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Summerfield Hosts Fundraiser for Water for South Sudan

Did you know 61% of communities in South Sudan are unable to safely dispose of human waste? Or that women in Africa work 40 billion hours each year walking to find clean water, and one out of 10 people in South Sudan have access to basic sanitation?



For February’s “Dollar Jean Day,” Summerfield Charter Academy came together to raise money for Water for South Sudan (WFSS), an organization that works to deliver sustainable quality-of-life services to and with the people of South Sudan by efficiently providing access to clean, safe water, and improving hygiene and sanitation practices in areas of great need.



Summerfield participated in the Iron Giraffe Challenge, which tasks schools with raising $1,000 to donate to WFSS. If schools reach that goal, they receive an Iron Giraffe Challenge poster and are automatically entered to win a visit from Salva, or one of ten other prizes. Giving to this organization transforms the lives of those living in South Sudan. Summerfield gave families the entire month of February to donate to this great cause and raised $1,461!



To take the fundraiser a step further, a selection of fifth-grade students and all sixth-grade students read “A Long Walk to Water” by Linda Sue Park, which is based on the true story of Salva Dut, founder of WFSS and one of the “Lost Boys” from Sudan who fled his country because of war and is now working to help the people of his home country.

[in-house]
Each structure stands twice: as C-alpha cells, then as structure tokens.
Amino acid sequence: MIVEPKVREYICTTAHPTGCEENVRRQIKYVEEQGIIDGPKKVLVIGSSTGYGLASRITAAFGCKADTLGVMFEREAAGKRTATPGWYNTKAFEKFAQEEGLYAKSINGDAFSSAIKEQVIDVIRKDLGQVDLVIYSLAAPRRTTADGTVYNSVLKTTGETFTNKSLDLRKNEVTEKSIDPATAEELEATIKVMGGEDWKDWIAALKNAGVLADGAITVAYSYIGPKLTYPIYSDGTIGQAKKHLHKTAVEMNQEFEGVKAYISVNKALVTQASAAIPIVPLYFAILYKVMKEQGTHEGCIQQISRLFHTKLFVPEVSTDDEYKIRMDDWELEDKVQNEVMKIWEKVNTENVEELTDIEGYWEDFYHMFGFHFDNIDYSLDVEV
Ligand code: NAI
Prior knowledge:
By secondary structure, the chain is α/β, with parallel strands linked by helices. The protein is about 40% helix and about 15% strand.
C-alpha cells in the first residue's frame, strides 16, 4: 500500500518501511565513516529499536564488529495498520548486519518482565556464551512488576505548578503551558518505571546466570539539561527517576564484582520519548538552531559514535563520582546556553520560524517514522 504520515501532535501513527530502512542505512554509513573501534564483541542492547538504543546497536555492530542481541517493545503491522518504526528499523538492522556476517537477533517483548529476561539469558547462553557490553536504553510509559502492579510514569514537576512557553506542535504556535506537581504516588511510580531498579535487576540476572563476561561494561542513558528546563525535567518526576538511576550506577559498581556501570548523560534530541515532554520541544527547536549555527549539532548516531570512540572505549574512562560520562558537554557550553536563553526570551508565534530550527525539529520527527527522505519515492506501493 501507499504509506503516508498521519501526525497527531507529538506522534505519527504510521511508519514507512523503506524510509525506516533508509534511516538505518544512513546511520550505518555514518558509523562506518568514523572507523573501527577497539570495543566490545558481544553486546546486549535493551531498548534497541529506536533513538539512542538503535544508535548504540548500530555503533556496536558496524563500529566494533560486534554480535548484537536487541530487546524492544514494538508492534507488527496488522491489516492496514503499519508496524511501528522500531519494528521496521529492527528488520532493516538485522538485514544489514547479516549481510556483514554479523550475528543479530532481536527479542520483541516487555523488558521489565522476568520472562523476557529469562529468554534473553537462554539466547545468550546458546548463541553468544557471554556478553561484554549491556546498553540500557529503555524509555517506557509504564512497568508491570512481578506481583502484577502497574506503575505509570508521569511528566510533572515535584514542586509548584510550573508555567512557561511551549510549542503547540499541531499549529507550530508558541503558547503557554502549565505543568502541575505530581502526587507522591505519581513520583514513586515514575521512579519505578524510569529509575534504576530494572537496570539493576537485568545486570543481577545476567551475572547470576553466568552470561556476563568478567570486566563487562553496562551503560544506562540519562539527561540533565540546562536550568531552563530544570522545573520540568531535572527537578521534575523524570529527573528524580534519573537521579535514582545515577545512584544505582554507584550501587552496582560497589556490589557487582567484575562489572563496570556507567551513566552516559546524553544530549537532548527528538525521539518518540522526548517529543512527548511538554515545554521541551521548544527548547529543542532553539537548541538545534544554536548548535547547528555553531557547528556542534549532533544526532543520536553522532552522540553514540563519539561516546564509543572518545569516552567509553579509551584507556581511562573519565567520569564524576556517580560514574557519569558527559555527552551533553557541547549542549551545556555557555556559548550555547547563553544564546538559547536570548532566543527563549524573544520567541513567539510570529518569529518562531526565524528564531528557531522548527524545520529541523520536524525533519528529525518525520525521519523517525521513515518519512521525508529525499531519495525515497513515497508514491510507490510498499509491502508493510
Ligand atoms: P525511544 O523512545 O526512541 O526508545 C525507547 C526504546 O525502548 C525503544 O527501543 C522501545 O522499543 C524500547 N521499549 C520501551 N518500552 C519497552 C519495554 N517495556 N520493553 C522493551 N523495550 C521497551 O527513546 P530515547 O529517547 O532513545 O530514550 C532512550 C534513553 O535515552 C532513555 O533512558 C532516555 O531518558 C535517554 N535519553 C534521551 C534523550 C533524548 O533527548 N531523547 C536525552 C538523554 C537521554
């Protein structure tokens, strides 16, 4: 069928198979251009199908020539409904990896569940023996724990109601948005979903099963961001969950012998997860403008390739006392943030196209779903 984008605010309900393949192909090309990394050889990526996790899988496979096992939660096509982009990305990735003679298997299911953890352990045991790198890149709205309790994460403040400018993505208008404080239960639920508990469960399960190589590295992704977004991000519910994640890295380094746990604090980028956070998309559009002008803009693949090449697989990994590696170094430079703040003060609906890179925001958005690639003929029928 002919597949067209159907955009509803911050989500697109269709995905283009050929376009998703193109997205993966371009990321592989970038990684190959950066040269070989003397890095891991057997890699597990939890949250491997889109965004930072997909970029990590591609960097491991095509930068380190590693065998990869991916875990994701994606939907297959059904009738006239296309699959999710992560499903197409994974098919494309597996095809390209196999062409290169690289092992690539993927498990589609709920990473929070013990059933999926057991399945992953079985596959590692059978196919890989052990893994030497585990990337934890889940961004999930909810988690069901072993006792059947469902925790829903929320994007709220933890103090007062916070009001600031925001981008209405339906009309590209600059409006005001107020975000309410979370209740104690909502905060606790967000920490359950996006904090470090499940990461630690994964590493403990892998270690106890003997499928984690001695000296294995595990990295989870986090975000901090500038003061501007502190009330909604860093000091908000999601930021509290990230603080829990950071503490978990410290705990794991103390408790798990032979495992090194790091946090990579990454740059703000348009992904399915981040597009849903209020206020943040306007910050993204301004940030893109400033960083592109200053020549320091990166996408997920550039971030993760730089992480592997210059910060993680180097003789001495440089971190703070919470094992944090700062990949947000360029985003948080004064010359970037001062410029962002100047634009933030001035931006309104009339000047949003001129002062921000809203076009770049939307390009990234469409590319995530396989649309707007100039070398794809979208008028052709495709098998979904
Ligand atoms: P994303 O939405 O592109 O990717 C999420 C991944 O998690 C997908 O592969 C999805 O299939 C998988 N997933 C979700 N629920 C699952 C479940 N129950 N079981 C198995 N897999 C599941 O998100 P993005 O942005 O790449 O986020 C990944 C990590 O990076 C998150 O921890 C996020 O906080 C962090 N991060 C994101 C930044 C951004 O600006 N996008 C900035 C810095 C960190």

Chelsea Shelton, language arts teacher at Summerfield, was looking for virtual options for fundraising efforts and with “A Long Walk to Water” being introduced as part of the curriculum, she suggested WFSS as a school-wide fundraiser.

“This is the first time we have done this particular fundraiser, although we typically do monthly jean days where we encourage students to pay one dollar, or more, to wear jeans on a Friday and then donate that money to a good cause,” said Shelton.




The book focuses on the importance of courage and perseverance through the life of Dut and readers can see the struggles he had to persevere through and the courage he had to have to get safely out of his home country of Sudan when young boys were being forced to fight in the war going on there. He chose to do something to help the people of his home country by creating this organization and traveling the world to promote it.



“Our kids really enjoyed reading about Dut and learning about courage and perseverance from him,” said Shelton. “And of course, donating to his great cause helps us promote compassion for others who are less fortunate than us. This book and fundraiser really helped us have the opportunity to see what life is like for others around the world and helped us also to be grateful for the things we have, like clean water, which we may take for granted!”